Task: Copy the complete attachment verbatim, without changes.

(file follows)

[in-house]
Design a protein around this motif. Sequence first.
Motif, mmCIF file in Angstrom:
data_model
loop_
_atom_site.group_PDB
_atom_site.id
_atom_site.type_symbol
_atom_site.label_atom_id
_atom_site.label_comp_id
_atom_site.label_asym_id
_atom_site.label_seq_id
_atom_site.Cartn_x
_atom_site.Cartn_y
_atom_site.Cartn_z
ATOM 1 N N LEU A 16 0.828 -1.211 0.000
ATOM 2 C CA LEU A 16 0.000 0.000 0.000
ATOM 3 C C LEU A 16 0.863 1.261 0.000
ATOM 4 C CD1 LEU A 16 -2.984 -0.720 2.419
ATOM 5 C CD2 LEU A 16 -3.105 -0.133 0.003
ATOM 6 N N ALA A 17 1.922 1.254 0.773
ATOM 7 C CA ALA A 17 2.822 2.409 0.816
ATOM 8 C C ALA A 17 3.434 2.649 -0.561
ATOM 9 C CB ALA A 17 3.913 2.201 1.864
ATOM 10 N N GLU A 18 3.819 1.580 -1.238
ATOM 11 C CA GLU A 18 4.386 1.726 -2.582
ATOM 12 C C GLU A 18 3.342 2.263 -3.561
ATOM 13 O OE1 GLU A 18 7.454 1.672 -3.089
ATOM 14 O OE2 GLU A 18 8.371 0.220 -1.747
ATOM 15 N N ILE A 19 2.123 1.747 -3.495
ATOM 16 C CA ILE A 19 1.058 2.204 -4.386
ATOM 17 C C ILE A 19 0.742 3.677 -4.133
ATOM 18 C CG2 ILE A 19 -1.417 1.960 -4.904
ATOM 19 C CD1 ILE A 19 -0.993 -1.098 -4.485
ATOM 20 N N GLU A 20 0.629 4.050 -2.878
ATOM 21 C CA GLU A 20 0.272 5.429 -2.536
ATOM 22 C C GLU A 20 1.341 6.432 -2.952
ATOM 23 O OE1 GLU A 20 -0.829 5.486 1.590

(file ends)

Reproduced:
[in-house]
Design a protein around this motif. Sequence first.
Motif, mmCIF file in Angstrom:
data_model
loop_
_atom_site.group_PDB
_atom_site.id
_atom_site.type_symbol
_atom_site.label_atom_id
_atom_site.label_comp_id
_atom_site.label_asym_id
_atom_site.label_seq_id
_atom_site.Cartn_x
_atom_site.Cartn_y
_atom_site.Cartn_z
ATOM 1 N N LEU A 16 0.828 -1.211 0.000
ATOM 2 C CA LEU A 16 0.000 0.000 0.000
ATOM 3 C C LEU A 16 0.863 1.261 0.000
ATOM 4 C CD1 LEU A 16 -2.984 -0.720 2.419
ATOM 5 C CD2 LEU A 16 -3.105 -0.133 0.003
ATOM 6 N N ALA A 17 1.922 1.254 0.773
ATOM 7 C CA ALA A 17 2.822 2.409 0.816
ATOM 8 C C ALA A 17 3.434 2.649 -0.561
ATOM 9 C CB ALA A 17 3.913 2.201 1.864
ATOM 10 N N GLU A 18 3.819 1.580 -1.238
ATOM 11 C CA GLU A 18 4.386 1.726 -2.582
ATOM 12 C C GLU A 18 3.342 2.263 -3.561
ATOM 13 O OE1 GLU A 18 7.454 1.672 -3.089
ATOM 14 O OE2 GLU A 18 8.371 0.220 -1.747
ATOM 15 N N ILE A 19 2.123 1.747 -3.495
ATOM 16 C CA ILE A 19 1.058 2.204 -4.386
ATOM 17 C C ILE A 19 0.742 3.677 -4.133
ATOM 18 C CG2 ILE A 19 -1.417 1.960 -4.904
ATOM 19 C CD1 ILE A 19 -0.993 -1.098 -4.485
ATOM 20 N N GLU A 20 0.629 4.050 -2.878
ATOM 21 C CA GLU A 20 0.272 5.429 -2.536
ATOM 22 C C GLU A 20 1.341 6.432 -2.952
ATOM 23 O OE1 GLU A 20 -0.829 5.486 1.590